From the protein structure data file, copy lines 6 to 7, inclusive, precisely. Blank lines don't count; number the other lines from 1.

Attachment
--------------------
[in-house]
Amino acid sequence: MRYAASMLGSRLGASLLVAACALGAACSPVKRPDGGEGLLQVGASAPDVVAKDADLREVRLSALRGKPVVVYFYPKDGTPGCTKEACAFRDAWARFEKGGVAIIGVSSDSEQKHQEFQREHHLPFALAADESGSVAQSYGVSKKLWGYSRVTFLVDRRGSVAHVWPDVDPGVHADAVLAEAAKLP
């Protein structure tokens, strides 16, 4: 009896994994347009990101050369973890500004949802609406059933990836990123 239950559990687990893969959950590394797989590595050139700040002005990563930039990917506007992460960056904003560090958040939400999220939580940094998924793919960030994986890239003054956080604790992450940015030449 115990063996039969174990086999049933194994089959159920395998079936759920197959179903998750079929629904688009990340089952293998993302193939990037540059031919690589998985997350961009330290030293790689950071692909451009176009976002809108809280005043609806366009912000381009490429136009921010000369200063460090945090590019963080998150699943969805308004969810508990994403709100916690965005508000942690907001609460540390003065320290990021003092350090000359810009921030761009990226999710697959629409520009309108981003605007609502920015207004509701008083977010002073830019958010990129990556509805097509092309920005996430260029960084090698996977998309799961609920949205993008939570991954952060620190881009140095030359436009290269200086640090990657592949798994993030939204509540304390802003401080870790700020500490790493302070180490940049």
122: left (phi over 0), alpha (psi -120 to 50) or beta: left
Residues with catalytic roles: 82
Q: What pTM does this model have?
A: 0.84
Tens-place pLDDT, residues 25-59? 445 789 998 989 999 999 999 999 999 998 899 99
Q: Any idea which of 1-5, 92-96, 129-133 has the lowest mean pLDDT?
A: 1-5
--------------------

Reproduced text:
Q: What pTM does this model have?
A: 0.84